Boring and Opinionated: My Walk-Up Music

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Boring and Opinionated: My Walk-Up Music

(Ed. note: What you are about to read is the first iteration of my column, “Boring and Opinionated.” I began this column when I was an intern at The Arlington Sun this past summer. The column title is a self-deprecating inside joke which I will never share the origin of. Hopefully, you will enjoy it, and feed my inflated ego in the process.)

I want to be a Major League Baseball player.

Now, before you close your browser window and laugh at me for having a five-year-old’s fantasy, allow me to elaborate: I don’t want to be an MLB player for the typical reasons.

Sure, it would be nice to hit the World Series-winning home run with my team trailing in the bottom of the ninth inning, or be the pitcher and strike a guy out in the same situation. But those chances are pretty much unrealistic, even for current players.

No, I want to be an MLB player for one primary reason.

I want to have my own walk-up music.

“Walk-up music” is the short snippet of music that plays as a hitter approaches the plate.

Now there are two other fields that I know of in which I can have my own walk-up music, but both are just as unrealistic and have drawbacks to them: professional wrestling and political campaigns.

If I became a professional wrestler, I would probably have to wear a Speedo, which, even if I had more than the amount of muscle mass required to survive on Earth, would be too great of a trade-off to make for my own walk-up music.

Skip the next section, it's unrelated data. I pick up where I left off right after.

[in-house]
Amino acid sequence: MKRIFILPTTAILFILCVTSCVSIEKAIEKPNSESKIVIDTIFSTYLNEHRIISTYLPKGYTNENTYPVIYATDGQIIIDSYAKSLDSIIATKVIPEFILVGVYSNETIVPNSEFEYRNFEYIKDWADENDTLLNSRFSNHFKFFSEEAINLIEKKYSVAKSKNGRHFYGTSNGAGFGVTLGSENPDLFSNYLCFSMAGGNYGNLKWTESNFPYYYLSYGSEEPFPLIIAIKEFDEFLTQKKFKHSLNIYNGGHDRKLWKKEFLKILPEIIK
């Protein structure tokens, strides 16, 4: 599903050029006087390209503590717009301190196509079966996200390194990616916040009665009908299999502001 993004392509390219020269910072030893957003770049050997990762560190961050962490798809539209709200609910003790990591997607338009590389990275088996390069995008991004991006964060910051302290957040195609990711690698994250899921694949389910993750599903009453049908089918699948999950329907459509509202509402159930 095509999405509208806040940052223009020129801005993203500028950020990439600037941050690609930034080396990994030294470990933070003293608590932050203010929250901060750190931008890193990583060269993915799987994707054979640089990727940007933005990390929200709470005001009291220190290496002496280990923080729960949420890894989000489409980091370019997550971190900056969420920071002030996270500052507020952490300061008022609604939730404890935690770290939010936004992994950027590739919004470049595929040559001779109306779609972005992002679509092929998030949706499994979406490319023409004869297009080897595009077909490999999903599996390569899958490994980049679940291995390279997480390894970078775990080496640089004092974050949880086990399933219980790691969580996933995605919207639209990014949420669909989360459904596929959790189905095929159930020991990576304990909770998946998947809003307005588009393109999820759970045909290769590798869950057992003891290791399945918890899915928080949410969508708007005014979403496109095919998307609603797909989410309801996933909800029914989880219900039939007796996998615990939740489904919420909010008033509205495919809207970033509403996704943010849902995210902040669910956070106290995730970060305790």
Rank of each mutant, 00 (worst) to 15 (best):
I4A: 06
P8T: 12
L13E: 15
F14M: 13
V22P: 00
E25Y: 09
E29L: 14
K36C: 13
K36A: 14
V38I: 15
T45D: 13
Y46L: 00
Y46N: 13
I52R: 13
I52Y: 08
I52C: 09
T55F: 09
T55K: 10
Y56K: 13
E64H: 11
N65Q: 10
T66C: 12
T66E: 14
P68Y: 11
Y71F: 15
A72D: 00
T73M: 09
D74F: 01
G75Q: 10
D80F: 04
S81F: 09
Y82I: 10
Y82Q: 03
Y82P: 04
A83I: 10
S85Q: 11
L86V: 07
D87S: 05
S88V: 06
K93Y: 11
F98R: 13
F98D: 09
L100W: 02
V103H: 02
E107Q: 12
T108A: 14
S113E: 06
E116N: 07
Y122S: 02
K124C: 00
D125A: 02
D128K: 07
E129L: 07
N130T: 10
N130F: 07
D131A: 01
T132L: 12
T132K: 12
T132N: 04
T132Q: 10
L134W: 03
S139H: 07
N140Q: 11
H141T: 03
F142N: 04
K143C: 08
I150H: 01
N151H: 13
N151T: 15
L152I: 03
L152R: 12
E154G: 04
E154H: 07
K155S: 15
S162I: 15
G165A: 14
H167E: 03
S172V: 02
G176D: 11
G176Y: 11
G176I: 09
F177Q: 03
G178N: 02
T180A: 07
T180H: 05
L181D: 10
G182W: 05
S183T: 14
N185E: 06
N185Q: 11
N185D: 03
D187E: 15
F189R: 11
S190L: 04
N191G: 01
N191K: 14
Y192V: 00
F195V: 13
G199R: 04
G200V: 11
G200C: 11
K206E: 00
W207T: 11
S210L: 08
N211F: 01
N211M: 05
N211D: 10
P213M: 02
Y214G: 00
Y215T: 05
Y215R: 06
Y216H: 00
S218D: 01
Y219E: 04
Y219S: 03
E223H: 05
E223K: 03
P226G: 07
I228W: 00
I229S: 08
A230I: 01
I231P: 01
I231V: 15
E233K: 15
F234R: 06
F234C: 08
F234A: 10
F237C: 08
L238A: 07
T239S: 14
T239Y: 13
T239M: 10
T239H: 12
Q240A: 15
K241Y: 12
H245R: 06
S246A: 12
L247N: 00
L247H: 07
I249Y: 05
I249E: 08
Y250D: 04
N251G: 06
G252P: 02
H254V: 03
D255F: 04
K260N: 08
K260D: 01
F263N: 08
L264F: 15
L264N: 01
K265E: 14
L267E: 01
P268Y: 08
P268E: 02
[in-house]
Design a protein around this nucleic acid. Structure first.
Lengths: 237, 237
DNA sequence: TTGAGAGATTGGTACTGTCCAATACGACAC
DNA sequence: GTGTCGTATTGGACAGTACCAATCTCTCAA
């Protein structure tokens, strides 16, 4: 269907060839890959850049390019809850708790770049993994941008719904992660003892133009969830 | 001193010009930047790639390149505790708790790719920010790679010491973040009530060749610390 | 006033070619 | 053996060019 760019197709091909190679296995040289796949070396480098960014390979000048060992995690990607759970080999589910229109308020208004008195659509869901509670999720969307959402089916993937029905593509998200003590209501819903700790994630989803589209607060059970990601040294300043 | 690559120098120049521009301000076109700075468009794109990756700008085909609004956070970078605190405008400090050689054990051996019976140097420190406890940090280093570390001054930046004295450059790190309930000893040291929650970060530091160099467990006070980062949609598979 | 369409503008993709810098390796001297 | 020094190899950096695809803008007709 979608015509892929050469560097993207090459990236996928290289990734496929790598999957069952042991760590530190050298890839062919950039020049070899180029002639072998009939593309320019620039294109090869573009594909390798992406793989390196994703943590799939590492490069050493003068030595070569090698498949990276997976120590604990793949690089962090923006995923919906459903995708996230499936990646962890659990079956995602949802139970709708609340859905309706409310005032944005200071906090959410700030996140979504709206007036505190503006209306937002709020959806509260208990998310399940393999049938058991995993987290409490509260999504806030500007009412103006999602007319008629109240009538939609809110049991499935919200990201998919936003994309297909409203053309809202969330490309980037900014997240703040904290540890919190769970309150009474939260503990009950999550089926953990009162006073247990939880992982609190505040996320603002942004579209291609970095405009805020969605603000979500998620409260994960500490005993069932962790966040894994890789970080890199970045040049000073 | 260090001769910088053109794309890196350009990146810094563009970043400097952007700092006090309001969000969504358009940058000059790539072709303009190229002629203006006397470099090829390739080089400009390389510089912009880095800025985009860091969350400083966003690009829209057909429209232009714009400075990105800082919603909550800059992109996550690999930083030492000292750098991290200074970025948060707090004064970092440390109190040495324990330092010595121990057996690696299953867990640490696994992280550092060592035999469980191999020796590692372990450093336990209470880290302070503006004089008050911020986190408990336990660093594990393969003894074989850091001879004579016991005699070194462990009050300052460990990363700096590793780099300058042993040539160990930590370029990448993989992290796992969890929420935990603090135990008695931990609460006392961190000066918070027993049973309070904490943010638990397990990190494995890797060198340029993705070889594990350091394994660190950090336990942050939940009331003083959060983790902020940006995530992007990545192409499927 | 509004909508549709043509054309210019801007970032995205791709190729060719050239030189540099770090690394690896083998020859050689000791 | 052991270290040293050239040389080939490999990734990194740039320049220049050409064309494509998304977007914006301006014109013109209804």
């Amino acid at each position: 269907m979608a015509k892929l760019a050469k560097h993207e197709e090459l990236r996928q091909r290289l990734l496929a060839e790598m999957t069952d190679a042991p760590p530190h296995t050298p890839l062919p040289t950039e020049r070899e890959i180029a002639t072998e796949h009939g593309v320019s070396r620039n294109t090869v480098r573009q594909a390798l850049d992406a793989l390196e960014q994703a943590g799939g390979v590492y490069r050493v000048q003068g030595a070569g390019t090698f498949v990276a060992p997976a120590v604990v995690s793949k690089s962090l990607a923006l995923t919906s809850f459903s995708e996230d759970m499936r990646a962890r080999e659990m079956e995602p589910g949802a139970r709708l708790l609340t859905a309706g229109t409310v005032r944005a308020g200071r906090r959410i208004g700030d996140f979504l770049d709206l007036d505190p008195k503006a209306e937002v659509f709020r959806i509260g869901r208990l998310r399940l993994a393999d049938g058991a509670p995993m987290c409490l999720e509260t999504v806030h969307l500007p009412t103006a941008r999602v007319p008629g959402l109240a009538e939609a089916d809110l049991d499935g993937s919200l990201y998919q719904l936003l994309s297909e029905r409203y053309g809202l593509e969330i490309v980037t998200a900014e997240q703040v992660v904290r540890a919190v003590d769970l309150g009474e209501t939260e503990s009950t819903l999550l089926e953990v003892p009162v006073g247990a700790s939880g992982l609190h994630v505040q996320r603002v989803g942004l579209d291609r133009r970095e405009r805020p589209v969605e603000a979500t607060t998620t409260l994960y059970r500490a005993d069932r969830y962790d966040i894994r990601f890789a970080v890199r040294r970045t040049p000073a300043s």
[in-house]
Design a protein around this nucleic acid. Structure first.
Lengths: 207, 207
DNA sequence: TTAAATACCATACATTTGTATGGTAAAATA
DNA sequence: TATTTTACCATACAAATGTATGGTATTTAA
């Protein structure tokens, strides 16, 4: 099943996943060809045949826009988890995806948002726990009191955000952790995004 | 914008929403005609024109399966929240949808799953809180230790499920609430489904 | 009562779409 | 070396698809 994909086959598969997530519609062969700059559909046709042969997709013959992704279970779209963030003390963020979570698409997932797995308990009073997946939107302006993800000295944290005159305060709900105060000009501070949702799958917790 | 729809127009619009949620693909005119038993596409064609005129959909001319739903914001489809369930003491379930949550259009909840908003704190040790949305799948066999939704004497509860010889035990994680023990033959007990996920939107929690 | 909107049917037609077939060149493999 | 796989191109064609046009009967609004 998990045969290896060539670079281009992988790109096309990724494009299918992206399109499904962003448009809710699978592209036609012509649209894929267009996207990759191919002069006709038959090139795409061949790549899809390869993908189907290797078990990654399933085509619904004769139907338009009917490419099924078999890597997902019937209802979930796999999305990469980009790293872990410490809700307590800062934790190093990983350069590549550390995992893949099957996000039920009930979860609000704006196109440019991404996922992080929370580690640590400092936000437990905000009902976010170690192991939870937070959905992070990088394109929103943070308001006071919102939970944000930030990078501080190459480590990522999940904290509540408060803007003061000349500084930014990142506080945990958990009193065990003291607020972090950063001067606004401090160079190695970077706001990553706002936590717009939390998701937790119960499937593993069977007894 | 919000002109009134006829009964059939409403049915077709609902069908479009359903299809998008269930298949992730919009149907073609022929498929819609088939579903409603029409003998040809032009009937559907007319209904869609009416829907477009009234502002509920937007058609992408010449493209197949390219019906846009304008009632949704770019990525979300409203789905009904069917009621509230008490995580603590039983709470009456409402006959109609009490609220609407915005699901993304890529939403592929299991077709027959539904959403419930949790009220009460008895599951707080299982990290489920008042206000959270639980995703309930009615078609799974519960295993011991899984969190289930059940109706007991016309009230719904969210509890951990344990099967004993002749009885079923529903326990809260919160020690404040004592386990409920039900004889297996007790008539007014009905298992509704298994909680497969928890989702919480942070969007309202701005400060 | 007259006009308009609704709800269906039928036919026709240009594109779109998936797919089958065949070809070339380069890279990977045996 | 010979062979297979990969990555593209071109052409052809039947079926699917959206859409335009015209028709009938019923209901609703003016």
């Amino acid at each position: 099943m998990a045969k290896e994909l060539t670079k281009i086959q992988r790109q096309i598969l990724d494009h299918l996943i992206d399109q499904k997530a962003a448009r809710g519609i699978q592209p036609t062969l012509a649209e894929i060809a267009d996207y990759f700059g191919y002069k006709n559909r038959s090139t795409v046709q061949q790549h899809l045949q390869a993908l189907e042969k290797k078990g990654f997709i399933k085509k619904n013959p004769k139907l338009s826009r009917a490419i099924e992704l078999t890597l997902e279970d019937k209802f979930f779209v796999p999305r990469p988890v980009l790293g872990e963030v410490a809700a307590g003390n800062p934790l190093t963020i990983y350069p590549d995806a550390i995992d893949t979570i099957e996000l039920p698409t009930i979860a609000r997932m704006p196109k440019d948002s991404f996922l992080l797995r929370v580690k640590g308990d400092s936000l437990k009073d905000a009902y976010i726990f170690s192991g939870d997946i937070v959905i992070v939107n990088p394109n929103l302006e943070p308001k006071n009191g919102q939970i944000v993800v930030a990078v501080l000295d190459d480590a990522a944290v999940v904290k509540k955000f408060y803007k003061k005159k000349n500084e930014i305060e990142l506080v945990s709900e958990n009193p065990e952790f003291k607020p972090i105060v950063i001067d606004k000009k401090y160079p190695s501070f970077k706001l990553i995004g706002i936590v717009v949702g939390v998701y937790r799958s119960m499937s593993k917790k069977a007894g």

As far as a political campaign, I’d be severely limited in my choice due to image reasons and cease-and-desist letters.

But as a baseball player, I would enjoy the freedom of choice in my song, and being able to keep my pants on. And I would have much different taste than most current players, who seem to be partial to hip-hop (or it may be rap, because I really don’t know the difference). Of course, there is a player every now and then who thinks he is going against the grain and chooses something decidedly unmanly, like Carly Rae Jepsen’s bubble-gum hit “Call Me Maybe.” But I’m not that lame.

My choice for a walk-up song is Dire Straits’ 1985 hit “Money for Nothing.” The title alone indicates that it should be every player’s walk-up song, as they all are paid at least $480,000, even if they ride the bench six days out of the week.

It also works as a double-edged sword. If I were good, I’d be immensely cocky with that song, staring with contempt at the pitcher. Then I’d (deservedly) get drilled with a fastball.

On the flip side, if I were bad, then that song could be used in a self-deprecating way and quell the boos. But I’d still be rolling in money.

While the title is a good one for my music, it is Mark Knopfler’s guitar lick at the beginning that really sells it. If you know the song, you are perhaps familiar with it. Essentially, it is a nasty lick with no other instrumentation that lasts for about ten seconds, which is about the ideal length for the walk-up.

Alas, the closest thing I’ll come to having my own walk-up music is through (my created player) Starbelly Sneetch’s career in MLB 12 The Show. There, I can live out my sad little fantasy of the virtual fans immediately knowing who I am, based on my walk-up music.

Or maybe I’ll walk around with a boom box on my shoulder, blasting it at an incredibly high volume with a whole lot of bass.

Yes, I can see the girls running to me now.

 

(Featured photo from Wikipedia)

For the guitar rift, go to 1:36

Daniel Crisler

The economy has driven Dan to consider running an “applied chemistry” lab from a trailer house.

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